Tennessee Property Taxes – Some Interesting Tips For Tennessee Residents

Tennessee property taxes which are collected at a local level are primarily the sources of funds for the local government of Tennessee. The counties and cities within the bounds of Tennessee rely basically on the property taxes collected in the locale. Social services like public libraries, public schools, and fire and police support are primarily funded by the collected Tennessee property taxes. The biggest bulk of these funds is channeled to the education sectors or the public schools.

The tax rates collected from residents of Tennessee are determined at the local level; of course, vary according to factors needed to be considered. However, the general tax rate in the place is not high. The rate or amount of Tennessee property taxes that you’ll have to pay, like in the usual cases in most sates, is primarily dependent on two major factors: millage rate and the market value of you home. A tax assessor assigned by the local government will estimate the market value of your home and will also tell you its computed value. After that, the property will be subjected to a reassessment mainly due to tax purposes once in every six years. A much higher value of the Tennessee property taxes at the time of the valuation, however, does not entail an increase in your tax.

At the time the local budget is already created, the tax department will then use the combined property values together with some revenue requirements to determine the accurate millage rate. Frequently, the computed millage rate will be based on 25 percent of the market value computed instead of computing the full market value of the subjected residential property. Meanwhile, commercial properties have 40 percent of the computed market value as the tax rate. When the local government is planning to increase the rates, a public hearing is required before approving the increase; meanwhile, they can opt to lower the rate any time.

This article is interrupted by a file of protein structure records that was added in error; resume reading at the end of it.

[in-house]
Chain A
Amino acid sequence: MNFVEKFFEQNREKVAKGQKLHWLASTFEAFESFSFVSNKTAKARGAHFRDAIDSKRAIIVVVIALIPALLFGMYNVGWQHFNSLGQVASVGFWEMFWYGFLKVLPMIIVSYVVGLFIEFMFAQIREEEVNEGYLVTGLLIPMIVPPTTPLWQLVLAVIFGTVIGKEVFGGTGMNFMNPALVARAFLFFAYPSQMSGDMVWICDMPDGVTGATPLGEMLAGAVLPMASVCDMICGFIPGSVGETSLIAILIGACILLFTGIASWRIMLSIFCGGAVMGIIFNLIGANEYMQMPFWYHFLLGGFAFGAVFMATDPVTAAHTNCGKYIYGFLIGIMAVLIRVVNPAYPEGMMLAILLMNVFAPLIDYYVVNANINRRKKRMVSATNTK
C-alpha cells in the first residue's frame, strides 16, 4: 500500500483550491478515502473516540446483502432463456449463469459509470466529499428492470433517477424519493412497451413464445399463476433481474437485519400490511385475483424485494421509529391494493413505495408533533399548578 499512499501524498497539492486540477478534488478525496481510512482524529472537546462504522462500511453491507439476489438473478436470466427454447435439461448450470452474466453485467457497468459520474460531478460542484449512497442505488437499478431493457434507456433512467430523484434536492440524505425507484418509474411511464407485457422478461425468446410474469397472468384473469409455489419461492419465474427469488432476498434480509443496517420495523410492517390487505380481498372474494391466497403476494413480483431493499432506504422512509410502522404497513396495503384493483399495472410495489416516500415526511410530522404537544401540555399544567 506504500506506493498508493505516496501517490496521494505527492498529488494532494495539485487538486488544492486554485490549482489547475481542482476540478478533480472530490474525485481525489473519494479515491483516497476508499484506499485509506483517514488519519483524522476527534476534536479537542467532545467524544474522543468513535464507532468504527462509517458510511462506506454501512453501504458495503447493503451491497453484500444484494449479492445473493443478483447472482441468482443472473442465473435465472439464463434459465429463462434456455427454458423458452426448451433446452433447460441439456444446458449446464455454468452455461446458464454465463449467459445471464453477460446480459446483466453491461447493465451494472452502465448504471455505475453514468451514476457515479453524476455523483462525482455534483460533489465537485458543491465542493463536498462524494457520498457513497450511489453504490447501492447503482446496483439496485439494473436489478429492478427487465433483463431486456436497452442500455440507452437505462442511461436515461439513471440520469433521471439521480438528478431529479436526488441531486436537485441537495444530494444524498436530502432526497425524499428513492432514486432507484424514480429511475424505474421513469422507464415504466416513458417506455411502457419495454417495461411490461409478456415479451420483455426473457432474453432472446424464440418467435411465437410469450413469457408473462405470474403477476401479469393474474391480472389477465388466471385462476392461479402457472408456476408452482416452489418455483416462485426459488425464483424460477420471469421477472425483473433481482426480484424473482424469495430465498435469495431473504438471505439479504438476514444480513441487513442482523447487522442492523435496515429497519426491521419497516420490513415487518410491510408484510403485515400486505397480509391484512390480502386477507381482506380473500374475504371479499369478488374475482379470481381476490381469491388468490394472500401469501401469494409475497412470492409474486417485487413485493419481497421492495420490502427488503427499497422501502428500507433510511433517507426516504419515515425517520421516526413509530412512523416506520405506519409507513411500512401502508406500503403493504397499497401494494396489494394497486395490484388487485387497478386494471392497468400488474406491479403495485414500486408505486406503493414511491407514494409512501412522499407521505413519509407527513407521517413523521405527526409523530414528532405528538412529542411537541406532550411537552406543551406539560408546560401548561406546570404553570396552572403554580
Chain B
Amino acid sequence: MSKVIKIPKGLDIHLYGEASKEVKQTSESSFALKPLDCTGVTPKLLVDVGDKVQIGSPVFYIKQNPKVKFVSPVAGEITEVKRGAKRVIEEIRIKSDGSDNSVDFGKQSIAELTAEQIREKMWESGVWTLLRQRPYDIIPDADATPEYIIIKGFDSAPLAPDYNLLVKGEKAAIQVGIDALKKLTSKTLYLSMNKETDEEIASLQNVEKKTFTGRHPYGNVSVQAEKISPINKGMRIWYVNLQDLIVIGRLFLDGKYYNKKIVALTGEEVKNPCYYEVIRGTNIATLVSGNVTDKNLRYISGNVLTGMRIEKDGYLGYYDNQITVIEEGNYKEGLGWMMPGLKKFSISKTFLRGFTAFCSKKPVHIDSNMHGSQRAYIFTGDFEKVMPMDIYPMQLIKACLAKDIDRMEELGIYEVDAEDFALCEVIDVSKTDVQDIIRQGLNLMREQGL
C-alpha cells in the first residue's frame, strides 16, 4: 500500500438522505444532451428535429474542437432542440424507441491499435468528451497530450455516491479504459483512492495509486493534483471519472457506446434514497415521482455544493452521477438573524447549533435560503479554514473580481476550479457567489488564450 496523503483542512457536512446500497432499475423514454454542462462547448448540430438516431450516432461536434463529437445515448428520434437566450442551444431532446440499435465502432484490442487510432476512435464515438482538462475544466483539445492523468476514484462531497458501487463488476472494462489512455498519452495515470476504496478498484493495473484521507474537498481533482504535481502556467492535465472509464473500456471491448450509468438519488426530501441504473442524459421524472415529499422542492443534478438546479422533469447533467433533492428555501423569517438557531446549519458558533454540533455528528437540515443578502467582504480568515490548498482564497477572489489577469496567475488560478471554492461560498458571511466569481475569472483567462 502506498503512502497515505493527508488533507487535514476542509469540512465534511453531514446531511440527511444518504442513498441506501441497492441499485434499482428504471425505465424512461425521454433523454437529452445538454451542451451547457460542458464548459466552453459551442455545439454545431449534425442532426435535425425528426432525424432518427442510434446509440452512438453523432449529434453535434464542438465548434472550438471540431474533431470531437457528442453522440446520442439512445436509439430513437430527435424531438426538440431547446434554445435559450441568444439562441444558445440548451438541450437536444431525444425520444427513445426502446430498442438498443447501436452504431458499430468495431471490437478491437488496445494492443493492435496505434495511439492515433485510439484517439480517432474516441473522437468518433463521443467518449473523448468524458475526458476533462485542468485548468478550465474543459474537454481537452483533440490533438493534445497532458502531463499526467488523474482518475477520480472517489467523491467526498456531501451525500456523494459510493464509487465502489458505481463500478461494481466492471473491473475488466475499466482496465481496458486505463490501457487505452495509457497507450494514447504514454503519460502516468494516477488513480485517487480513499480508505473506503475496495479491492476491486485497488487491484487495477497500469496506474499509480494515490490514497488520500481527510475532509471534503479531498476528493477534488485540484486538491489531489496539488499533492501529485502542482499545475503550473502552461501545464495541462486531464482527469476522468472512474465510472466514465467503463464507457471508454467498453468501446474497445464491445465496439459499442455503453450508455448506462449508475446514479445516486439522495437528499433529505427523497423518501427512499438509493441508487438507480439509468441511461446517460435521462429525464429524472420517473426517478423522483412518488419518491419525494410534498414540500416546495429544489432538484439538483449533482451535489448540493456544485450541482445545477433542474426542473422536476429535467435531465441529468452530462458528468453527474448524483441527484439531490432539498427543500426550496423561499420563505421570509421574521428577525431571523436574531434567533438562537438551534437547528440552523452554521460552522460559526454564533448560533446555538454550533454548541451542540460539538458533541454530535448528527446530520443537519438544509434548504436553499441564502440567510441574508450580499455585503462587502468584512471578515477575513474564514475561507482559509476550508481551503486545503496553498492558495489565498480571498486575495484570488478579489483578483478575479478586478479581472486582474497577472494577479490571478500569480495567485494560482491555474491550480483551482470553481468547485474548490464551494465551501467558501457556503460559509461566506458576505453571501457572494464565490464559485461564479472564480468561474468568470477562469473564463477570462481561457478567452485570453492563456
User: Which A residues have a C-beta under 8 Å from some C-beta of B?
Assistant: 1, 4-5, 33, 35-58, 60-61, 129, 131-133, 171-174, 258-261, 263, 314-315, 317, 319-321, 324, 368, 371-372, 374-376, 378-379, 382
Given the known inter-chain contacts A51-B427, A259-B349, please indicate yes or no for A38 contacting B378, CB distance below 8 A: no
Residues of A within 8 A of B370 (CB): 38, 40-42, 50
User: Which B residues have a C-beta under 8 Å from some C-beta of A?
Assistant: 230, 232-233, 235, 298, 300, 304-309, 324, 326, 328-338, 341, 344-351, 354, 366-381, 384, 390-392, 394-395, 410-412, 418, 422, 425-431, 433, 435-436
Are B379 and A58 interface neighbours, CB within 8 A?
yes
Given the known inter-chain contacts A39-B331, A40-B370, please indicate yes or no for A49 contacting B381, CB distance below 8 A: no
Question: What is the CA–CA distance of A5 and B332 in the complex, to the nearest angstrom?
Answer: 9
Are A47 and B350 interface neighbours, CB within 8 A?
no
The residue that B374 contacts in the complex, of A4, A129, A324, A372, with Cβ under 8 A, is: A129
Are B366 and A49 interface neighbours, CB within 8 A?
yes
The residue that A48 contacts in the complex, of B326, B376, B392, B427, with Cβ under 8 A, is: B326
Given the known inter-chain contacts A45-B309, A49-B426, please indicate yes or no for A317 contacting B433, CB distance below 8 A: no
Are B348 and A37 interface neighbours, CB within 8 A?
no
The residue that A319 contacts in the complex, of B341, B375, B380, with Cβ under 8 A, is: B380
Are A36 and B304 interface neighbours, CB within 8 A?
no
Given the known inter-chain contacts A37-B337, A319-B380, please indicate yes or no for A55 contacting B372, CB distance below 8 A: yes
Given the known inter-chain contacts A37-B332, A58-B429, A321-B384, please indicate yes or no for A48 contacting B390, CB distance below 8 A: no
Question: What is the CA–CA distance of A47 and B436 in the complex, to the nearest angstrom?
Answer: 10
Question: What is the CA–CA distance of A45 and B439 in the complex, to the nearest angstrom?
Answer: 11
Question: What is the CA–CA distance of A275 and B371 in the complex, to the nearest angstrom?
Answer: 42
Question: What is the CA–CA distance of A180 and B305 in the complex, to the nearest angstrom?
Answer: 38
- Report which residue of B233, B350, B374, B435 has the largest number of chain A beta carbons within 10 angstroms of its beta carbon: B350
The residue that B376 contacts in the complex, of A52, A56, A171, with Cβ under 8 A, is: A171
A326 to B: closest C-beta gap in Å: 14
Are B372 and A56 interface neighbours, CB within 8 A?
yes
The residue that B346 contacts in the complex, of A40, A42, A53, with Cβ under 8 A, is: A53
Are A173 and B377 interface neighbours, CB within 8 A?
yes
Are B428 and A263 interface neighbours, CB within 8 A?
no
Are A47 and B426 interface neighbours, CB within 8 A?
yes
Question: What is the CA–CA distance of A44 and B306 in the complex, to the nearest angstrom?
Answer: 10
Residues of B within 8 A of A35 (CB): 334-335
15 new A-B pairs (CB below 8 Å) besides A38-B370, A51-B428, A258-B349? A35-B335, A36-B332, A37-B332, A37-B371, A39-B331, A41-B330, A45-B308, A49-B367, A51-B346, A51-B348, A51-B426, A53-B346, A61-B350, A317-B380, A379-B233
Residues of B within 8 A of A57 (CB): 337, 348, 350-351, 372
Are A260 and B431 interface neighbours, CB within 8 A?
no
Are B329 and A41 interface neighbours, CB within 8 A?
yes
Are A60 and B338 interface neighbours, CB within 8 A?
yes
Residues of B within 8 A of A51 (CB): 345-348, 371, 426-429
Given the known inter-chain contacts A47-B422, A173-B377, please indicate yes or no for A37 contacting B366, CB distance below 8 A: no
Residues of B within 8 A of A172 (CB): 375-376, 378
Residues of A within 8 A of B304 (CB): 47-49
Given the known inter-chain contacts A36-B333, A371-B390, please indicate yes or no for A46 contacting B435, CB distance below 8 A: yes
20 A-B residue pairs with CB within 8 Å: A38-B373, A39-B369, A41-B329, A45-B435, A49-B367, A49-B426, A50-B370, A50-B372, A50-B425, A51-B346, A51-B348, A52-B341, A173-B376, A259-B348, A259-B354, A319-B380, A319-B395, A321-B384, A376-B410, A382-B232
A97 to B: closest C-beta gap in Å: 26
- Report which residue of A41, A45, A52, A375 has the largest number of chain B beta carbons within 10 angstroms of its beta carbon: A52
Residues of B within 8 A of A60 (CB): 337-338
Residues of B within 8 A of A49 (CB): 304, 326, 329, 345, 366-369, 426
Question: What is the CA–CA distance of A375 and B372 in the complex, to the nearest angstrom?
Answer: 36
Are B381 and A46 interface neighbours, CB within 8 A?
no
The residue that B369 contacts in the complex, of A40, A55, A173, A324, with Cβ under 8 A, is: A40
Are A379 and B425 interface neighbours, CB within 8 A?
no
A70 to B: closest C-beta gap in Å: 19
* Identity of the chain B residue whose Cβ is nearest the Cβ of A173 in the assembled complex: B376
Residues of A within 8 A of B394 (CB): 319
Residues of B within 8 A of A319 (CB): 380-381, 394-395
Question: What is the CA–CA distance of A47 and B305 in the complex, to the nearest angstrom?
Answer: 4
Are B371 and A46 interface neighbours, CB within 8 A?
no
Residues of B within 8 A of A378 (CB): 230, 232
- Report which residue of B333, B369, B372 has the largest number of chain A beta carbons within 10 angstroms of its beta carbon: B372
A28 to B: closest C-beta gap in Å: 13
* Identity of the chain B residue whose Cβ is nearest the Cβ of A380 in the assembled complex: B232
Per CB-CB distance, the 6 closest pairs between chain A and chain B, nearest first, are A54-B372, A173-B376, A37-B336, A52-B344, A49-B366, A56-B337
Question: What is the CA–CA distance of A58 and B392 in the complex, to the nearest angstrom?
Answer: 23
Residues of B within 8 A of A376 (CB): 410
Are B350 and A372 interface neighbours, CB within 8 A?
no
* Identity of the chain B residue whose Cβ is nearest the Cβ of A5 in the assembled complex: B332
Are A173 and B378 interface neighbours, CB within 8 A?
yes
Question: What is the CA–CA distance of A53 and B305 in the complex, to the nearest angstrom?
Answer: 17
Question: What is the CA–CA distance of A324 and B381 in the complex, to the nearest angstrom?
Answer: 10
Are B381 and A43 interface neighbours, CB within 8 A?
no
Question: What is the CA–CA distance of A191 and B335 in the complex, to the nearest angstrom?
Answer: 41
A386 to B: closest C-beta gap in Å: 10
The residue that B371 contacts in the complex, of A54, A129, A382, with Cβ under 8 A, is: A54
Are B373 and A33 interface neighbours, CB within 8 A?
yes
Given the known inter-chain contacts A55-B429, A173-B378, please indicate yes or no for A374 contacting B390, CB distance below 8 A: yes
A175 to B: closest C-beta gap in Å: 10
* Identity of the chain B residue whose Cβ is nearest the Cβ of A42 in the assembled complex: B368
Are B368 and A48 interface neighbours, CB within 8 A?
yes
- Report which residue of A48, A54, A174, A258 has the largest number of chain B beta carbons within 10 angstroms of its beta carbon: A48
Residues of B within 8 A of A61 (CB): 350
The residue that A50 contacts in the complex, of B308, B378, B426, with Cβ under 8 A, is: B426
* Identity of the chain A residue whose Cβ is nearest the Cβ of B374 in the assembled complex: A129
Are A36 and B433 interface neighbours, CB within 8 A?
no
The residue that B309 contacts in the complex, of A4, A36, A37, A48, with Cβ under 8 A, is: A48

Tennessee has the 40th spot on the property taxes paid by the residents, among the different states of the United States. In Tennessee, an average homeowner pays around $794 annually as Tennessee property taxes for having a home worth $114,000.

If you think that the local tax assessor estimated a very high market value of your home, you have the right to question his valuation. The appeals with tax assessors are usually discussed during the motnhs of May and June every year. If you are still resolved with the value presented by the tax assessor, you can bring your appeal to the county commissioners and even to the councilmen of your city in July. If it was proven that the market value estimate was too high, the Tennessee property taxes will be deducted.

Contrary to the ways of the other states, Tennessee does not have the homestead exemption offer for the homeowners. Perhaps, it is because the state does not impose taxes on wages and salaries; although there is a fixed 6 percent rate for bonds and stocks.

There are exemptions in Tennessee property taxes, but are only for the disabled, elderly, and veterans.

Abhishek Agarwal